|Hindu||Fasting may involve 24 hours of complete abstinence from any food or drink, but is more often an elimination of solid foods, with an occasional drink of milk or water.||A way to enhance concentration during meditation or worship; purification for the system; sometimes considered a sacrifice.||Fasting is commonly practiced on New Moon days and during festivals such as Shivaratri, Saraswati Puja, and Durga Puja (also known as Navaratri). Women in North India also fast on the day of Karva Chauth.|
|Catholic||Two small meals and one regular meal are allowed; meat is forbidden.Some still believe in complete abstinence from food and drink.||There are many reasons given in the Bible for fasting. It is seen as an act of sacrifice that reminds Christians of God and through fasting, while the flesh is denied comfort, the spirit is strengthened.||Ash Wednesday and Good Friday, all Fridays in Lent. For many centuries, Catholics were forbidden to eat meat on all Fridays until the mid-1960s|
|Judaism||Completely abstaining from food and drink including water. Sexual relations are also forbidden on major fast days.||Atonement for sins and/or special requests to God.||On Yom Kippur and Tisha B’Av, eating and drinking are forbidden for a 25-hour period, from sundown to sundown. On the other fast days, eating and drinking are forbidden only from sunrise to sundown.|
Atheists Fast too cuz it’s Science!
This may come as a surprise, but a lot of people do intermittent fasting on a daily basis for health and spirituality reasons, beyond religion. This WeFast group even fast for 36 hours (water fast) and they do it 44-48 weeks a year!
There are a lot of research on intermittent fasting that prove the benefits of fasting such as reducing inflammation, blood pressure, cholesterol and BMI.[*][*] However, there is still little research on Dry vs. Wet Fasting. Most Ramadan fasting research have positive result on the comparison of pre-Ramadan and Ramadan analysis, but there need to be more research done with better constant variable.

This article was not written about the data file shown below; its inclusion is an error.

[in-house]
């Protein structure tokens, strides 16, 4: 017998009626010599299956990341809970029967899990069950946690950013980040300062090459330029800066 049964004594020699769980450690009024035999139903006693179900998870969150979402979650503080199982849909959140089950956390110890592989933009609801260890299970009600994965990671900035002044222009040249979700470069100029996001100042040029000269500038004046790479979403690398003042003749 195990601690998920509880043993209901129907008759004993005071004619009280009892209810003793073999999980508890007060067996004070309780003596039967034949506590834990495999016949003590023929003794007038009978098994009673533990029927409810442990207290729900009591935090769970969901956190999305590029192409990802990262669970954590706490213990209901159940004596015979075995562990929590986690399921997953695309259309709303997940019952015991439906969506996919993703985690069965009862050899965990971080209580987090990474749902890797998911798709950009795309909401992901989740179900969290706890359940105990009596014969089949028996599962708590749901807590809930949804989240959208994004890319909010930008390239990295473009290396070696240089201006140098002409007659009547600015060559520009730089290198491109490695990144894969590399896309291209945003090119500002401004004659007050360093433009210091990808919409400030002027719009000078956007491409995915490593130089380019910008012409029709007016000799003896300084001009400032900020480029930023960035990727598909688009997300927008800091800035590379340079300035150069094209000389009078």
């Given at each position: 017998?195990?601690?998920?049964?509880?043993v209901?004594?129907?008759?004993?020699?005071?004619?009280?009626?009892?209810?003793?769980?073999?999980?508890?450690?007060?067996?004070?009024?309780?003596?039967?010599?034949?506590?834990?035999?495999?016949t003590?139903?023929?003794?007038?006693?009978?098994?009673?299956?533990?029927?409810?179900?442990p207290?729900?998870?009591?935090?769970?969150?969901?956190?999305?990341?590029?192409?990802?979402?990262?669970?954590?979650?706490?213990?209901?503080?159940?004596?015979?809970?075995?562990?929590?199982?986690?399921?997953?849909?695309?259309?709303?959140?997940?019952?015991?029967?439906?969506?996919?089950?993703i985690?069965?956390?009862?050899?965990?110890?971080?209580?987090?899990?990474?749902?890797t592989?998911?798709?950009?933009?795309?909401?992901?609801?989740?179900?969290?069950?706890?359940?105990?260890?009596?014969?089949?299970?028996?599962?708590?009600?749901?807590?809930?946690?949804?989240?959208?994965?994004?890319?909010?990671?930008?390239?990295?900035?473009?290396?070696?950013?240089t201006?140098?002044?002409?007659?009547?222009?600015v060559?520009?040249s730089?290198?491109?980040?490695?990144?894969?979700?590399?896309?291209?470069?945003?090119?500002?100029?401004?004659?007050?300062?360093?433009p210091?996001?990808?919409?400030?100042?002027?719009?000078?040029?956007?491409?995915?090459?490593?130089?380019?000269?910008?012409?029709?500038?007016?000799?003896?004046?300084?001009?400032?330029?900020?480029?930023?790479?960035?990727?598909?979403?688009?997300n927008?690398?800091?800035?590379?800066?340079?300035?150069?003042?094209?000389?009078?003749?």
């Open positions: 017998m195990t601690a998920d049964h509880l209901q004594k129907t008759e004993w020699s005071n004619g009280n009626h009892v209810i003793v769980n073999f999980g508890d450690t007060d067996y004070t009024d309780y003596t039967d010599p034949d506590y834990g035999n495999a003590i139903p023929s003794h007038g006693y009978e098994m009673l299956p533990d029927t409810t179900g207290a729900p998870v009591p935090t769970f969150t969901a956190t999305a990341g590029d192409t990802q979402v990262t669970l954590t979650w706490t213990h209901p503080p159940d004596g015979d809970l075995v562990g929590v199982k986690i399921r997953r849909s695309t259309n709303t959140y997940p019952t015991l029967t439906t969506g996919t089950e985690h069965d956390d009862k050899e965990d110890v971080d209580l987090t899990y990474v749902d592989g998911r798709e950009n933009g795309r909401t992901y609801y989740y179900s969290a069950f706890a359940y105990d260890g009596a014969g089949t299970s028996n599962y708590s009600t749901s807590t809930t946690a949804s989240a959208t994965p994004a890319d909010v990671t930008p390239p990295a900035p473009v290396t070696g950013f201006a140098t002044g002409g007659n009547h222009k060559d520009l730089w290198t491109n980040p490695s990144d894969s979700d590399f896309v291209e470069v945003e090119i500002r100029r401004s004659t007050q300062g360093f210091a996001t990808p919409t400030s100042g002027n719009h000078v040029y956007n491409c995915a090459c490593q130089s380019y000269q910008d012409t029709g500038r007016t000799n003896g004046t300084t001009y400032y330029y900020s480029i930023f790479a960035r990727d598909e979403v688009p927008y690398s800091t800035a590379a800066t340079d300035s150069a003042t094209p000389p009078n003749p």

Did you know? Limited fluid intake pushes your body to burn more fat since fat can be used to produce metabolic water. For every 100 grams of fat, your body can make 107-110 grams of water, compared to 60g from carbs and just 42g of water from protein.4
Getting the Best Health out of Fasting
Based on a few articles like this one, it is said that dry fasting helps to clear any inflammation in the body faster than water fasting. Inflammation cannot thrive in dry conditions and that’s why dry fasting is effective when dealing with inflammation. The fastest way to lose weight is through dry fasting because our bodies start utilizing fat reserves by getting water from such fat hence reducing the amount of fats in the body. It reduces the amount of toxins in body tissues to promote regeneration of tissues. Dry fasting is the best option to go for if clearing the digestive tract is the priority.
As I said earlier, it is important that we fast consciously. Watch out our food intake during the eating window. Try not to drink sweet drinks, eat too many carbs and have a decent amount of good fats in your meal during the eating window. Most importantly, hydrate.5